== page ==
Bohn KM, Boughman JW, Wilkinson G.S. & Moss CF (2004) Infant isolation call frequency matches hearing sensitivity in greater spear-nosed bats. J. Comparative Physiology A. 190: 185-192.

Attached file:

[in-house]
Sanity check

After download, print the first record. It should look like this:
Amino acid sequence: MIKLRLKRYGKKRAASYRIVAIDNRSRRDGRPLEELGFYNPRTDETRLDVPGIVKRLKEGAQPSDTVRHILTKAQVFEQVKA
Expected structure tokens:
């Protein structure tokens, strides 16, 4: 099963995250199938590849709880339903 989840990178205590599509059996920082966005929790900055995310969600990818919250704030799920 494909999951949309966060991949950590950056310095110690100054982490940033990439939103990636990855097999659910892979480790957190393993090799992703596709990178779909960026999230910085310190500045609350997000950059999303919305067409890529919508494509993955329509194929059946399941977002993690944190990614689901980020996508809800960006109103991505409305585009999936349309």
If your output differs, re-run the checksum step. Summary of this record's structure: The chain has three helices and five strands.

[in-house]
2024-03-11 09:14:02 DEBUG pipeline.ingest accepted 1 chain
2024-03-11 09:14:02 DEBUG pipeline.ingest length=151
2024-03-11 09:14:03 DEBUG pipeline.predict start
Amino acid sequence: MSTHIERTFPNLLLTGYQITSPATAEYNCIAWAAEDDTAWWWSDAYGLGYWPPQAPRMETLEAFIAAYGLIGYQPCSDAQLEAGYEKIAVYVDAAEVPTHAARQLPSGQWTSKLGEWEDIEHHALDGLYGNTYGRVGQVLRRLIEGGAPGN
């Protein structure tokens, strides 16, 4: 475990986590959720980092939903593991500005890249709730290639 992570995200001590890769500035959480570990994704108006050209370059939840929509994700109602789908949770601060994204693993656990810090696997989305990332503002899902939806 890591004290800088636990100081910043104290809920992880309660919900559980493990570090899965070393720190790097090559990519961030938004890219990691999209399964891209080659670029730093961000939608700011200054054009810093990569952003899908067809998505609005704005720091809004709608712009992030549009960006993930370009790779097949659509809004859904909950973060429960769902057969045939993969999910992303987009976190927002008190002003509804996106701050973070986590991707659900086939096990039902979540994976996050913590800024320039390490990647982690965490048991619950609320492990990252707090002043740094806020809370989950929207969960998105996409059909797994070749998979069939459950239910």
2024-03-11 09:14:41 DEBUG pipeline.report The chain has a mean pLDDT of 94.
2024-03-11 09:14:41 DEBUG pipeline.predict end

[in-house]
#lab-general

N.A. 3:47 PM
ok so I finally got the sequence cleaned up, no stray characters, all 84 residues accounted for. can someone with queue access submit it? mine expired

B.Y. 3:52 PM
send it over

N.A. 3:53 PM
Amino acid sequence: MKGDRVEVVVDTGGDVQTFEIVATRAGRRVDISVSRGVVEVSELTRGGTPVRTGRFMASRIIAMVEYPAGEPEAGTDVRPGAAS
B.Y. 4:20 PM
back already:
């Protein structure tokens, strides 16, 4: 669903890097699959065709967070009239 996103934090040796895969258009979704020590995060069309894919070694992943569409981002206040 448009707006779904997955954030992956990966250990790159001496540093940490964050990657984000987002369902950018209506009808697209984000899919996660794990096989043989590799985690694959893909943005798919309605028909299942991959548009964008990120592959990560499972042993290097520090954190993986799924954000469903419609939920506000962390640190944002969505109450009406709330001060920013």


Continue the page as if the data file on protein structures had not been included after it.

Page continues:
We investigated the relationship between auditory sensitivity and the vocal repertoire of greater spear-nosed bats (Phyllostomus hastatus). P. hastatus commonly emit three types of vocalizations. Adults emit group_specific foraging calls that range from 6 to 11 kHz and low amplitude echolocation calls that sweep from 80 to 40 kHz, while infants emit individually distinct calls that contain harmonics from 15 to 100 kHz. To determine if hearing in P. hastatus is differentially sensitive or selective to frequencies in these calls, we determined absolute thresholds and masked thresholds using an operant conditioning procedure. Both absolute and masked thresholds were lowest at 15 kHz, which corresponds with the peak energy of isolation calls. Auditory and masked thresholds were higher at sound frequencies used for group-specific foraging calls and echolocation calls. Isolation calls meet the requirements of individual signatures and facilitate parent-offspring recognition. Many bat species produce isolation calls with peak energy between 10 and 25 kHz, which corresponds to the frequency region of highest sensitivity in those species for which audiogram data are available. These findings suggest that selection for accurate offspring recognition exerts a strong influence on the sensory system of P. hastatus and likely on other species of group-living bats.